The house of mouse

How to Take a Disney Vacation from Seattle

The big question: Disneyland or Disney World, California or Florida?

By Allison Williams November 4, 2022

Bedazzled mouse ears are basically a requirement at Walt Disney World.

Disney is not just a company or a film studio. Nor is it a theme park, or even six theme parks around the world—Disney is an iconic experience and a way of life for the people that love it. Which means that planning a Disney vacation is a world unto itself. To make sense of what Seattleites, in particular, should know about making the big Mouse trek, we turned to those who would know: family travel bloggers.

"It's one of the most iconic family destinations," says Marcie Wirtz Cheung, who runs a blog called Marcie in Mommyland from Seattle. She visits both Anaheim's Disneyland and Orlando's Walt Disney World regularly—multiple times a year, pre-pandemic—and has even been to Disneyland Paris.

Cheung states the obvious: Choosing between Land and World from Seattle is largely about how much time and money you have. California can be done in a weekend (flights around two hours, 40 minutes), while Florida is more like a week (five and a half hours in a plane). Those hours are meaningful when it comes to carting around kids—but it's not the only difference.

"Disneyland is very chill, people are friendly and happy," says Cheung. She calls it "that fake LA nice," but notes that low-key West Coasters and first-timers might have an easier time with the smaller theme park (about 500 acres over two parks, compared to Walt Disney World's 27,520 acres with four main parks). Not only are the California pair of Disneyland and California Adventure walkably close, but non-branded hotels are just as close to the theme park, making those cheaper alternatives an easy option. 

"Disneyland is like a training session for Walt Disney World," says Becca Robins, who blogs about Disneyland at This Crazy Adventure Called Life. She likes the maneuverability of California's park, not requiring monorails and gondolas and boats to get around. She notes that hotels within walking distance of Disneyland are especially helpful; the Boise resident goes there about once a month.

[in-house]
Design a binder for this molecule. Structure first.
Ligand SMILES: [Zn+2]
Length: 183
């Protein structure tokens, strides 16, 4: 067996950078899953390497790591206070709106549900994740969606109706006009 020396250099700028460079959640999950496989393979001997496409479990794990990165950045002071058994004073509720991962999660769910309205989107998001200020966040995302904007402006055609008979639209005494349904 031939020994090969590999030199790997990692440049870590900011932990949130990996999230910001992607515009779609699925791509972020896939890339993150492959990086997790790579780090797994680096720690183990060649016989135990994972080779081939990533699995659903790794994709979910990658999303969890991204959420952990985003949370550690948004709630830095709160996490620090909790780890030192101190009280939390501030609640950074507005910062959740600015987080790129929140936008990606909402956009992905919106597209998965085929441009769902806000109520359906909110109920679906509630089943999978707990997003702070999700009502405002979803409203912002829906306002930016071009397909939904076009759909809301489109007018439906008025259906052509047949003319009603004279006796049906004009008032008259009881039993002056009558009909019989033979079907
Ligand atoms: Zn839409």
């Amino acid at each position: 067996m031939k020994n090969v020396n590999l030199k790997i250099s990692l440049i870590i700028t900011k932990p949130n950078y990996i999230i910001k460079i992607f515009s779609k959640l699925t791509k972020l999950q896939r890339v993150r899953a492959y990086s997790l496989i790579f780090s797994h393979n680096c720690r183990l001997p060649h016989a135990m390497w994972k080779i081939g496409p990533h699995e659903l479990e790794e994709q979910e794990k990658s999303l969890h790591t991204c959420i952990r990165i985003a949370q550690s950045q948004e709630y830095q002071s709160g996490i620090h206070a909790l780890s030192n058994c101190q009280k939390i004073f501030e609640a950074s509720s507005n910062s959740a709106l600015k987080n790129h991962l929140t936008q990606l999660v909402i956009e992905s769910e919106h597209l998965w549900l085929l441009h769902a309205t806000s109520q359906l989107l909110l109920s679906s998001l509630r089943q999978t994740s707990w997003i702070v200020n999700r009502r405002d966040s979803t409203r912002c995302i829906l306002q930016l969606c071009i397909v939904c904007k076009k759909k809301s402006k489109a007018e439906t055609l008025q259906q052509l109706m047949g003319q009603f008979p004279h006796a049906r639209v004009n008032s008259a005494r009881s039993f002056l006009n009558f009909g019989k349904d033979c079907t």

The larger Florida destination has "an East Coast vibe," according to Cheung, and everything is more intense. It may take a half hour of driving to go from Cinderella's castle to the Animal Kingdom. Not only can it cost more to take in the whole multi-park experience, but that cost can feed vacation stress. "More crying kids, and I heard so many parents say 'We paid so much money, stop crying,'" at Disney World, says Cheung.

Still, notes Spokane's Tammilee Tillison, who blogs at Tammilee Tips, that larger expanse in Orlando really delivers the immersive Disney experience people are looking for, from hotels to shopping centers to Cirque du Soleil shows: "Being able to visit multiple parks during your vacation is a great way to feel like you are getting more for your money."

Disney does not release all its visitation info, but website Disney News gathers what's available to estimate that Disneyland got more than 28 million visitors in 2019, compared to more than 60 million for Disney World. Orlando is definitely the behemoth, and there are also Disney cruises leaving nearby for the "theme park, but floating" experience.

Though Cheung visits both with her two young children, she holds special affection for California's Disneyland. She knows one Seattle family that turned it into a day trip right before school began: an early flight out of Sea-Tac, a full day at the park, and then one of the last flights back that night. She was impressed.

There are a billion blogs out there about the ins and outs, secrets and tricks to navigating the Disney parks, but Cheung notes one secret weapon wielded by Seattle visitors: comfort in the rain. A few pairs of rain boots can open up access to a less crowded day in the park. Plus, rain in California is almost always warmer than the Pacific Northwest version, and "we don't melt," she says.

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